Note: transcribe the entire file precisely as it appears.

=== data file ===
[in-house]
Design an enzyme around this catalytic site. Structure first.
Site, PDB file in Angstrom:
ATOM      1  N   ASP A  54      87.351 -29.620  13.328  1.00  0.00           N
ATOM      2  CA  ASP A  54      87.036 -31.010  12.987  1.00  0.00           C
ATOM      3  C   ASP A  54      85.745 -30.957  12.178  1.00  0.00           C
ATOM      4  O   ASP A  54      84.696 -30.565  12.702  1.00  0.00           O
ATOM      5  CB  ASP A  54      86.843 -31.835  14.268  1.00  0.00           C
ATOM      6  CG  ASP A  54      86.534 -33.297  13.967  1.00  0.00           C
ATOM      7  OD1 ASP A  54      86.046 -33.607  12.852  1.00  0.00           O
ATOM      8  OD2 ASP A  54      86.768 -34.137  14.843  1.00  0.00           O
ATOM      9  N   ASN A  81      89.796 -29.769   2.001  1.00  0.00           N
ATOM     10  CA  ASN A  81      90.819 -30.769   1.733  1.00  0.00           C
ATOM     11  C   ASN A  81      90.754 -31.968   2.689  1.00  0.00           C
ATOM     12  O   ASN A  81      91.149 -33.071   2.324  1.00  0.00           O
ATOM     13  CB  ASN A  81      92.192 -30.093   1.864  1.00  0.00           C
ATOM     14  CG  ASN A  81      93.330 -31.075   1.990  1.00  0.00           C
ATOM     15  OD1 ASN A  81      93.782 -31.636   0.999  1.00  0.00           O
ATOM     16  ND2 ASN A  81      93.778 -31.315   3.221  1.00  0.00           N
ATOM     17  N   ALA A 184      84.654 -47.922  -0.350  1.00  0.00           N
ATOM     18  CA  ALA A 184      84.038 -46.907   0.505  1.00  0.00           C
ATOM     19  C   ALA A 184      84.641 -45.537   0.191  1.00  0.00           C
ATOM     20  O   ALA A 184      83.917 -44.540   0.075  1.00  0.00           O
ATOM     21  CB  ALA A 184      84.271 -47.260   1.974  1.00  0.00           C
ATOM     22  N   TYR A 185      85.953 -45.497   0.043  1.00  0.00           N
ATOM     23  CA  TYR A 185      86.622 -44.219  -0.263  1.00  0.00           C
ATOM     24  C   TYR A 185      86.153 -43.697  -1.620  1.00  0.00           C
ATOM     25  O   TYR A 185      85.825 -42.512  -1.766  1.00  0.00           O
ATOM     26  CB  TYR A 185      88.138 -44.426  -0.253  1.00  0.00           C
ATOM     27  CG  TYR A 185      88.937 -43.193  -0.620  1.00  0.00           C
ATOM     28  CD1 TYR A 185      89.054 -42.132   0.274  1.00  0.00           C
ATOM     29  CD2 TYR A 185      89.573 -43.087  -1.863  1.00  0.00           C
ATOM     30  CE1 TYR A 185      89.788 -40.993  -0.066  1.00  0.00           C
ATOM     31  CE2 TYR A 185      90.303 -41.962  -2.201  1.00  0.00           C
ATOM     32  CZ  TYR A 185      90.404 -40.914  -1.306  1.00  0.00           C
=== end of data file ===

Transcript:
[in-house]
Design an enzyme around this catalytic site. Structure first.
Site, PDB file in Angstrom:
ATOM      1  N   ASP A  54      87.351 -29.620  13.328  1.00  0.00           N
ATOM      2  CA  ASP A  54      87.036 -31.010  12.987  1.00  0.00           C
ATOM      3  C   ASP A  54      85.745 -30.957  12.178  1.00  0.00           C
ATOM      4  O   ASP A  54      84.696 -30.565  12.702  1.00  0.00           O
ATOM      5  CB  ASP A  54      86.843 -31.835  14.268  1.00  0.00           C
ATOM      6  CG  ASP A  54      86.534 -33.297  13.967  1.00  0.00           C
ATOM      7  OD1 ASP A  54      86.046 -33.607  12.852  1.00  0.00           O
ATOM      8  OD2 ASP A  54      86.768 -34.137  14.843  1.00  0.00           O
ATOM      9  N   ASN A  81      89.796 -29.769   2.001  1.00  0.00           N
ATOM     10  CA  ASN A  81      90.819 -30.769   1.733  1.00  0.00           C
ATOM     11  C   ASN A  81      90.754 -31.968   2.689  1.00  0.00           C
ATOM     12  O   ASN A  81      91.149 -33.071   2.324  1.00  0.00           O
ATOM     13  CB  ASN A  81      92.192 -30.093   1.864  1.00  0.00           C
ATOM     14  CG  ASN A  81      93.330 -31.075   1.990  1.00  0.00           C
ATOM     15  OD1 ASN A  81      93.782 -31.636   0.999  1.00  0.00           O
ATOM     16  ND2 ASN A  81      93.778 -31.315   3.221  1.00  0.00           N
ATOM     17  N   ALA A 184      84.654 -47.922  -0.350  1.00  0.00           N
ATOM     18  CA  ALA A 184      84.038 -46.907   0.505  1.00  0.00           C
ATOM     19  C   ALA A 184      84.641 -45.537   0.191  1.00  0.00           C
ATOM     20  O   ALA A 184      83.917 -44.540   0.075  1.00  0.00           O
ATOM     21  CB  ALA A 184      84.271 -47.260   1.974  1.00  0.00           C
ATOM     22  N   TYR A 185      85.953 -45.497   0.043  1.00  0.00           N
ATOM     23  CA  TYR A 185      86.622 -44.219  -0.263  1.00  0.00           C
ATOM     24  C   TYR A 185      86.153 -43.697  -1.620  1.00  0.00           C
ATOM     25  O   TYR A 185      85.825 -42.512  -1.766  1.00  0.00           O
ATOM     26  CB  TYR A 185      88.138 -44.426  -0.253  1.00  0.00           C
ATOM     27  CG  TYR A 185      88.937 -43.193  -0.620  1.00  0.00           C
ATOM     28  CD1 TYR A 185      89.054 -42.132   0.274  1.00  0.00           C
ATOM     29  CD2 TYR A 185      89.573 -43.087  -1.863  1.00  0.00           C
ATOM     30  CE1 TYR A 185      89.788 -40.993  -0.066  1.00  0.00           C
ATOM     31  CE2 TYR A 185      90.303 -41.962  -2.201  1.00  0.00           C
ATOM     32  CZ  TYR A 185      90.404 -40.914  -1.306  1.00  0.00           C